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Tube Amp problem

Discussion in 'Amps and Cabs [BG]' started by andy_p6, Apr 22, 2005.


  1. andy_p6

    andy_p6

    Apr 5, 2004
    London, UK
    Hi there

    I'm having trouble with my Sunn 300T. I was getting farting noises and I'd thought I'd blown the horn in my Eden 410XLT, so I unhooked it altogether but it has made no difference. I've changed all my leads and the cab also seems fine with my borrowed Hartke HA5000. So I think I've singled out the Sunn as the problem.

    The distortion sounds like excessive fret buzz and is most prominent from the open A up to the D (5th ft). Whats bizzare though is that last night at the gig whenever the drummer hit his kick drum (only when the large drum fill was switched on), the cab farted. Even when my bass (stingray 5) was unplugged. What the? :help:

    Does anyone have any ideas??
     
  2. You've got microphonic tubes. If they're in the power section, they could destroy your amp and cabinet.
     
  3. popinfresh

    popinfresh

    Dec 23, 2004
    Melbourne, Aus
    It's an all tube amp.. replace them?
     
  4. Pickebass

    Pickebass Supporting Member

    Jul 12, 2004
    San Antonio, TX
    Check the power tubes and make sure they are all sitting in the sockets correctly. Also check to see if they are all glowing the same color. Sometimes if one tube is bad the color will be off from the others. If this is a power tube change it quickly. It may be one of the tubes not sitting in the socket based on what you said about the drums... start there first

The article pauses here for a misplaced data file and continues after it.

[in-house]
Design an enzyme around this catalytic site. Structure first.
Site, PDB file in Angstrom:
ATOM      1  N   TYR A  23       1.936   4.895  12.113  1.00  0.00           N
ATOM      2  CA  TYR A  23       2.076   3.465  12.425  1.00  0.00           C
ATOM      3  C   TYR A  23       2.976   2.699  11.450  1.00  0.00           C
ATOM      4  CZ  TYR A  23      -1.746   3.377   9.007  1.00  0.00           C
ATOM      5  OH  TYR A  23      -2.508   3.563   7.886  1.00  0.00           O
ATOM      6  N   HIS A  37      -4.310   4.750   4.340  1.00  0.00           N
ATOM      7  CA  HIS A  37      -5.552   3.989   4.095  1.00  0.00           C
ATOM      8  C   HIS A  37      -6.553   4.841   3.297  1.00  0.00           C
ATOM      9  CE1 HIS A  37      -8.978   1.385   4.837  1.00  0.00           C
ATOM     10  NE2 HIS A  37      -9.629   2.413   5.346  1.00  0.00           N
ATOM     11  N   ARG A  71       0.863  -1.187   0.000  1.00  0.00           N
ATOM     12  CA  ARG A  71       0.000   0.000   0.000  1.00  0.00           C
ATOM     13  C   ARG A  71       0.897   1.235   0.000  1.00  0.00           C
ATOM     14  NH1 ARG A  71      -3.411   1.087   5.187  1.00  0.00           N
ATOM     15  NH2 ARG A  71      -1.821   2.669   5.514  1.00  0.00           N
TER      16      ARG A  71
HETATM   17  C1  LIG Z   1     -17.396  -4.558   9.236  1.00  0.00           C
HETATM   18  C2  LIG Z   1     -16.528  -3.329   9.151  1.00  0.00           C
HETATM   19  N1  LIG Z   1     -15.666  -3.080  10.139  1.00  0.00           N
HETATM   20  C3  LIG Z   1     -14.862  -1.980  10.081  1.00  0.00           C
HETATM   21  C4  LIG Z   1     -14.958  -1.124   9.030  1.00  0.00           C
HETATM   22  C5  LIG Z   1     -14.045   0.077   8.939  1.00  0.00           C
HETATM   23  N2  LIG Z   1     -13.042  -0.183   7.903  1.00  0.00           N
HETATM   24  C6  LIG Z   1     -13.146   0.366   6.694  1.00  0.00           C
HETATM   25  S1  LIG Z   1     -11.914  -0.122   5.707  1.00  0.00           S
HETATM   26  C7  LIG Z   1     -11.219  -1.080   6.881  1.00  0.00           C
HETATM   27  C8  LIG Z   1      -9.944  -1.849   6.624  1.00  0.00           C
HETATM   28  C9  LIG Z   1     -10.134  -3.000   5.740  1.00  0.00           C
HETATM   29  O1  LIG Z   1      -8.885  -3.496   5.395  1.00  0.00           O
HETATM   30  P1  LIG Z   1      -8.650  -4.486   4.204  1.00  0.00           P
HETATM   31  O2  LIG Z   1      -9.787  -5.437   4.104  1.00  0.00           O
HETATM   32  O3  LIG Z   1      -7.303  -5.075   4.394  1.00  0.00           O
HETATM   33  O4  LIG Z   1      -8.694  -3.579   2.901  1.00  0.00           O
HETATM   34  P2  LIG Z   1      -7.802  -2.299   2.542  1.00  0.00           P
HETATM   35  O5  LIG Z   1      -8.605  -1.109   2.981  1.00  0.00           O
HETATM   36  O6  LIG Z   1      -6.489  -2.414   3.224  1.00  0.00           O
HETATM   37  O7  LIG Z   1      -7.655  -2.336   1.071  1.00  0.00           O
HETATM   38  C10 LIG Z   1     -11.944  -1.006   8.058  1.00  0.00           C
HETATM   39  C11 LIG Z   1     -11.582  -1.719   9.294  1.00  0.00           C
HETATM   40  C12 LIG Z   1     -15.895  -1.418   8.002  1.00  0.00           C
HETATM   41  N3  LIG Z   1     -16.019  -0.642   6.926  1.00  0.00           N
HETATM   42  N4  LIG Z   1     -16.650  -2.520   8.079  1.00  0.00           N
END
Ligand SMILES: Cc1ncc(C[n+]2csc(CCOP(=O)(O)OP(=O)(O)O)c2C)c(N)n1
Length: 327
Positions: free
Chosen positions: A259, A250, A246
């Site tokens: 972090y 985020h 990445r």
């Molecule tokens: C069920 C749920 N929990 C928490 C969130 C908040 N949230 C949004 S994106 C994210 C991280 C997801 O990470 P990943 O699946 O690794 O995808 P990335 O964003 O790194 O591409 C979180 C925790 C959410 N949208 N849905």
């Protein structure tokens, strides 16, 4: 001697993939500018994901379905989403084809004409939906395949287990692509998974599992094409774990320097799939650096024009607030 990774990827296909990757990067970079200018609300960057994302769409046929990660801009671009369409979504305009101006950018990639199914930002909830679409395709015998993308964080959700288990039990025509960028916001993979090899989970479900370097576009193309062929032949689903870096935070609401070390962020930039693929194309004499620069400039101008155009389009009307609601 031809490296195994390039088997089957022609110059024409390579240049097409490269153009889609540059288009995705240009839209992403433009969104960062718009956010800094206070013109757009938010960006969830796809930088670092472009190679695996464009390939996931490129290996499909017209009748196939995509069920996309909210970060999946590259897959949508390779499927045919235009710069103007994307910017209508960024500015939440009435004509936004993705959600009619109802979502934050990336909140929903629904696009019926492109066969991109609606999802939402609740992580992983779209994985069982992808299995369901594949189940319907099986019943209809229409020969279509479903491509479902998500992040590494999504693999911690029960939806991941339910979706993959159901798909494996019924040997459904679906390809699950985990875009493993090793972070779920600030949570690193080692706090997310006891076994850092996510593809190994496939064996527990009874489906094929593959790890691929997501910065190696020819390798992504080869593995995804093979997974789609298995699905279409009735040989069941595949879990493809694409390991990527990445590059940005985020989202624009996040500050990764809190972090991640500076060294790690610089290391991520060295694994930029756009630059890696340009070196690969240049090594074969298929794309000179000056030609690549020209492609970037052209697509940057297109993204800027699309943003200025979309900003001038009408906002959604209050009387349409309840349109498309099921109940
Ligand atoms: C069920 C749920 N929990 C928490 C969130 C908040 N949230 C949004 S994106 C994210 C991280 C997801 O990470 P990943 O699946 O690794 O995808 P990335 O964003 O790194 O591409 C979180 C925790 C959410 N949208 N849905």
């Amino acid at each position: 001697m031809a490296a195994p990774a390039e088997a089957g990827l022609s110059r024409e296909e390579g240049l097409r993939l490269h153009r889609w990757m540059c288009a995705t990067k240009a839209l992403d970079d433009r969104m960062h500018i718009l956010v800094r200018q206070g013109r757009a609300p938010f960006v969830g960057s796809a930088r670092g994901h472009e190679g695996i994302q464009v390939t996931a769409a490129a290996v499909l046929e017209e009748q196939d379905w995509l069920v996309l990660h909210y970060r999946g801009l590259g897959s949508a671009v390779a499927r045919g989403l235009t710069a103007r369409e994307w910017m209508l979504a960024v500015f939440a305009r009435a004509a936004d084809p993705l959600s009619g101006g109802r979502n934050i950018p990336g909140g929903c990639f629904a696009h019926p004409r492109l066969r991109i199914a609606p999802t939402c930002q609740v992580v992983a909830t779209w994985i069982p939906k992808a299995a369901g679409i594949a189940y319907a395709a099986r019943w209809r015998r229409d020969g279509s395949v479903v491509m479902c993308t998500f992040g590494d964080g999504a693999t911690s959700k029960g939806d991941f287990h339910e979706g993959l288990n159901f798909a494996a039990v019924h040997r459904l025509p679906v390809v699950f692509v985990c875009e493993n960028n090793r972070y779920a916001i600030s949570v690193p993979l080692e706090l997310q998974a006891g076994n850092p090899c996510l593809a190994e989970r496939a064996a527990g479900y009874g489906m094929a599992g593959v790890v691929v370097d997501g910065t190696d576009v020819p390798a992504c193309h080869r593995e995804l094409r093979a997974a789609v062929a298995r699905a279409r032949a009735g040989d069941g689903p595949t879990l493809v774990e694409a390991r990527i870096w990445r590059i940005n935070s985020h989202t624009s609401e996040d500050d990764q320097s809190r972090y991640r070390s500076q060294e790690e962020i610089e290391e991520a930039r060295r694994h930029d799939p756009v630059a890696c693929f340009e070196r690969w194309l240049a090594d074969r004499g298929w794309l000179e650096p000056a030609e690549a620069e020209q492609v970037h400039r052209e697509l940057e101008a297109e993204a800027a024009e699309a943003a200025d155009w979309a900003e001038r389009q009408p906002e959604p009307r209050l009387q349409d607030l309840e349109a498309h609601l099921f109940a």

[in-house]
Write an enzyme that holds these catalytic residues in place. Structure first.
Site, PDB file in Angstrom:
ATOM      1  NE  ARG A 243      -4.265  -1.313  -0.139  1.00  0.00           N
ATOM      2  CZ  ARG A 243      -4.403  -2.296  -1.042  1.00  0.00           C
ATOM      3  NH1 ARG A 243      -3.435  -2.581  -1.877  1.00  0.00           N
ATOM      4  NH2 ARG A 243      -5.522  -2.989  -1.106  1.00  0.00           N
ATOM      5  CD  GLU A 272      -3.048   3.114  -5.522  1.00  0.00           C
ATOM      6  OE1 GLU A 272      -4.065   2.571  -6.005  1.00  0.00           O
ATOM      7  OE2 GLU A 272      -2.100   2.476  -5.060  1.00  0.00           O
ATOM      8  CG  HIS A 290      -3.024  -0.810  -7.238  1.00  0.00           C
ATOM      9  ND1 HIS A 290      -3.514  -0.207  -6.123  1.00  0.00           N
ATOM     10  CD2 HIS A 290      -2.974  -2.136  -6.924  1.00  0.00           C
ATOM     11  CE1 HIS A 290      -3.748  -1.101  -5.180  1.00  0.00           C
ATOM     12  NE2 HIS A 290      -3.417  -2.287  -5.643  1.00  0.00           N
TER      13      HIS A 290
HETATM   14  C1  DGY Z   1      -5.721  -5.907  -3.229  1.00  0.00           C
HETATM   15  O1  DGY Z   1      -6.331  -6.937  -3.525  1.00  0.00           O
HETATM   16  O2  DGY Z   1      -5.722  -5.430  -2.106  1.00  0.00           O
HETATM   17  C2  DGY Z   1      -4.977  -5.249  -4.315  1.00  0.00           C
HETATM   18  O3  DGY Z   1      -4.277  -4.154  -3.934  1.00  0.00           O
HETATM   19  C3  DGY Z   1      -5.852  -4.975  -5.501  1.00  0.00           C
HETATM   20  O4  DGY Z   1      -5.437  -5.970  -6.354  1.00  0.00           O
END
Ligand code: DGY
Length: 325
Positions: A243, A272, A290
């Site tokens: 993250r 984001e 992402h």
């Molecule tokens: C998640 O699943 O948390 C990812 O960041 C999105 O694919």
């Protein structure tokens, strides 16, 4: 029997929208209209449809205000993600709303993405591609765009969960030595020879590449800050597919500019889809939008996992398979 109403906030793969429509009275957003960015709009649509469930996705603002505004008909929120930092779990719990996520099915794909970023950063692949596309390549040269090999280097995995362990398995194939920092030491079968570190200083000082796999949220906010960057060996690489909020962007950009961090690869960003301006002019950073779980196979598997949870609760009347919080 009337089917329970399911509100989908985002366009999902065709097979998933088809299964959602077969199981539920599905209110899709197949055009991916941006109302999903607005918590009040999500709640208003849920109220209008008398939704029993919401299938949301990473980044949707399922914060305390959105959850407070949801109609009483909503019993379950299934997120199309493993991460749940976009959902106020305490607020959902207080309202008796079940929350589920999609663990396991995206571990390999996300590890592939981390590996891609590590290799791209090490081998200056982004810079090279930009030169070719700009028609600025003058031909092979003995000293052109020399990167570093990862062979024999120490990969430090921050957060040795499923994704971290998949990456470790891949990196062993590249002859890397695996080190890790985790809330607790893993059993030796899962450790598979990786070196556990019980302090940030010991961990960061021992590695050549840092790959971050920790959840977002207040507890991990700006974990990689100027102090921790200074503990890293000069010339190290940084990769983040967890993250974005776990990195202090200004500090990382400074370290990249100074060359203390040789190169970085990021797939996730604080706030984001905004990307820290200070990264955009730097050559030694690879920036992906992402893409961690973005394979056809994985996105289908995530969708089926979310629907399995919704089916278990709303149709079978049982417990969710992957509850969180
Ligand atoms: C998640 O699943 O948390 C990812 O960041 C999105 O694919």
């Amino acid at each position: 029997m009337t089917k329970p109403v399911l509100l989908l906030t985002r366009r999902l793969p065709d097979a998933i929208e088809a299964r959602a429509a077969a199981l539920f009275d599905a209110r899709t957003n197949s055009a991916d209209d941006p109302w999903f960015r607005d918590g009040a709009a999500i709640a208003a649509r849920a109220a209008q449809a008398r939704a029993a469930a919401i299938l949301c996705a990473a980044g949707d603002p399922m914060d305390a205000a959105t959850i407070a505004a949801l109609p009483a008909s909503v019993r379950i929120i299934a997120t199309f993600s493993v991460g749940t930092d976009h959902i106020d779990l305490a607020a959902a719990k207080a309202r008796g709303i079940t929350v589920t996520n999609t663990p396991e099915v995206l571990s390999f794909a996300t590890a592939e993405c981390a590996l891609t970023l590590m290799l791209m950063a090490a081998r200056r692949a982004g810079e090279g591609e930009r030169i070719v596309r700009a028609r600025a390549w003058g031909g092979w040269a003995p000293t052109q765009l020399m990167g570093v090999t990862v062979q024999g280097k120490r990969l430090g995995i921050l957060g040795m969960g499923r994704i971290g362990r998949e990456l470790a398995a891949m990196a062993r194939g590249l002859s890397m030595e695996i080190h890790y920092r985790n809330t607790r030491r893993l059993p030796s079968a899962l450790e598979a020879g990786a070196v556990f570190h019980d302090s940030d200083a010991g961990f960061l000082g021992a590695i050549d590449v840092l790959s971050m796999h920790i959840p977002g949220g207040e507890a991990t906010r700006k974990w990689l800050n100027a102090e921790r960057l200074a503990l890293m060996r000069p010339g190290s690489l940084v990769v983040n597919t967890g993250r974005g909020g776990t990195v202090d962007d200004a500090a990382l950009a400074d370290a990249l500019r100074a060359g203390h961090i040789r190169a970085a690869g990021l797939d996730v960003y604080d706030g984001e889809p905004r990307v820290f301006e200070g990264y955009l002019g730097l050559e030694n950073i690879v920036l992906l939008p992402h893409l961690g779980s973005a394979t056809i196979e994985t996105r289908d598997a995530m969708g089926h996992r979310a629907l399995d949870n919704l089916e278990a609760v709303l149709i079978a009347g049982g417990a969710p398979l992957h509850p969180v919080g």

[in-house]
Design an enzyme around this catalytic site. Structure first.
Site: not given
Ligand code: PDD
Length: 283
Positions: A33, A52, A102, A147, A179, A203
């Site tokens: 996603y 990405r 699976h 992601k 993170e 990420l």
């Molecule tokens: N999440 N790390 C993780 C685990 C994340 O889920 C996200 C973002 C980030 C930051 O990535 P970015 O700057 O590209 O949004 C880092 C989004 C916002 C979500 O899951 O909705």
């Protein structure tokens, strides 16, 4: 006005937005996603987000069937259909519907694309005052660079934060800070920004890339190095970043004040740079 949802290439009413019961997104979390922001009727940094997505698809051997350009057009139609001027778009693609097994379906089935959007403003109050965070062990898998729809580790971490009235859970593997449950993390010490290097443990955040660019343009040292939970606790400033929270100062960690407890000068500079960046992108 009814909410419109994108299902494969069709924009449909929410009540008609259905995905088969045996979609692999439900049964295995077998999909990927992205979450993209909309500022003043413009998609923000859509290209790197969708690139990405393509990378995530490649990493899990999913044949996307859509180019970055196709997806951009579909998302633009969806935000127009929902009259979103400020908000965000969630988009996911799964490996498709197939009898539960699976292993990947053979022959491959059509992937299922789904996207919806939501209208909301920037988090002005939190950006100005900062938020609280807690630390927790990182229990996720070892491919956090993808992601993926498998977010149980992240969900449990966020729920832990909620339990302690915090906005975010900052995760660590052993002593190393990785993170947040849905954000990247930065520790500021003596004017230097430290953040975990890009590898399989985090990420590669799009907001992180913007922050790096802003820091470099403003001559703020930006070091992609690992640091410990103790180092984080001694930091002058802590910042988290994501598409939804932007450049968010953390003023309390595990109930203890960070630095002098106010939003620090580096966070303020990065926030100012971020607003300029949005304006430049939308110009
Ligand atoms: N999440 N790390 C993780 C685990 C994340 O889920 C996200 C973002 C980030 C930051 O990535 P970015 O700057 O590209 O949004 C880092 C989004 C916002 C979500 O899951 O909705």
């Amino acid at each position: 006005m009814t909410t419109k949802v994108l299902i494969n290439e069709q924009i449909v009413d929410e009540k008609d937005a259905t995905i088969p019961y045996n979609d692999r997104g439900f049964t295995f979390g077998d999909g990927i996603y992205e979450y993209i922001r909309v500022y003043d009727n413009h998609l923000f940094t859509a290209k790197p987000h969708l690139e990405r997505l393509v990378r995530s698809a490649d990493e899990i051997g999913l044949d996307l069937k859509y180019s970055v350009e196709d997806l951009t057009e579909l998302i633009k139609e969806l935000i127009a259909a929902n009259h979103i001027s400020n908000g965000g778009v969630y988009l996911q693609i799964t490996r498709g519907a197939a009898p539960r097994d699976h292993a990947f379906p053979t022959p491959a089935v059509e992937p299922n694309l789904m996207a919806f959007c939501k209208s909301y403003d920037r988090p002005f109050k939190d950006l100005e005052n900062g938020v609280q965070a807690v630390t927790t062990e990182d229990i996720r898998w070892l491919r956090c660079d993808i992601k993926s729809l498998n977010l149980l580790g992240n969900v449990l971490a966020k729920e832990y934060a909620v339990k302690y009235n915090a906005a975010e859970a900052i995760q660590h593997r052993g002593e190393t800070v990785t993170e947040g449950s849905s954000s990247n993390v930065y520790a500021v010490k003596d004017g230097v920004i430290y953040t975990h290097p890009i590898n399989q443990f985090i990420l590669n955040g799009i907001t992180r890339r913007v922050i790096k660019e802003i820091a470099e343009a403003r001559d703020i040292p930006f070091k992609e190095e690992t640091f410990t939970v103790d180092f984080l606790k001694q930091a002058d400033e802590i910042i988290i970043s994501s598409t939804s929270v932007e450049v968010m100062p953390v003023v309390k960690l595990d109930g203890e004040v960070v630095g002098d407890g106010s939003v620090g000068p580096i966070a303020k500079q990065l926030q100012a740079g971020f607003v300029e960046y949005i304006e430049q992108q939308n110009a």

5. Trevorus

    Trevorus

    Oct 18, 2002
    Urbana, IL
    What you could also do is to tap the tubes lightly with a finger. Do it one by one until you find the one that makes a rattle noise through the speakers. Remember, do this LIGHTLY. It should reveal itself.
     
  6. andy_p6

    andy_p6

    Apr 5, 2004
    London, UK
    Thanks for the tips. I gently tapped the tubes and it was the one on the far end causing the problems. It was certainly a bit loose. The six tubes are set up in pairs and both the problem one and its neighbour are burning brighter than the others. Should I replace just these two (are they both now stuffed?), all the power tubes, or is the amp good to go?

    cheers for the help
     
  7. Rockinscott

    Rockinscott

    Nov 24, 2003
    It's always safer to replace ALL output tubes at the same time with matched tubes. This prevents one (or more tubes) from drwaing excessive current above the others which can cause some serious problems for your amp, not to mention less than stellar performance from it. :)
     
  8. Pickebass

    Pickebass Supporting Member

    Jul 12, 2004
    San Antonio, TX
    +1 if possible. If not make sure that you get a matched pair and rebias (you'll need to do this anyway)
     
  9. I will further this by stating you should have a TECH replace and rebias your output tubes. While it may sound expensive, a tech can check for any other problems that the amp may have that possibly CAUSED your old tubes to fail. Tubes don't burn out lightbulbs or just quit working unless there is something WRONG. They should last for decades, even currently produced ones. If you have a solid state amp that was having problems with its output transistors, you wouldn't try to replace them yourself. It's the same with tubes. You could end up ruining your amp and an expensive set of tubes.
     
  10. Rockinscott

    Rockinscott

    Nov 24, 2003
    "Psycho" is absolutely correct. You probably spent a lot of time and energy, not to mention money on finding and obtaining the amp that is right for you. Give that same attention to getting it repaired and keeping it in good working order. ALLWAYS have a qualified Tech do the work! :D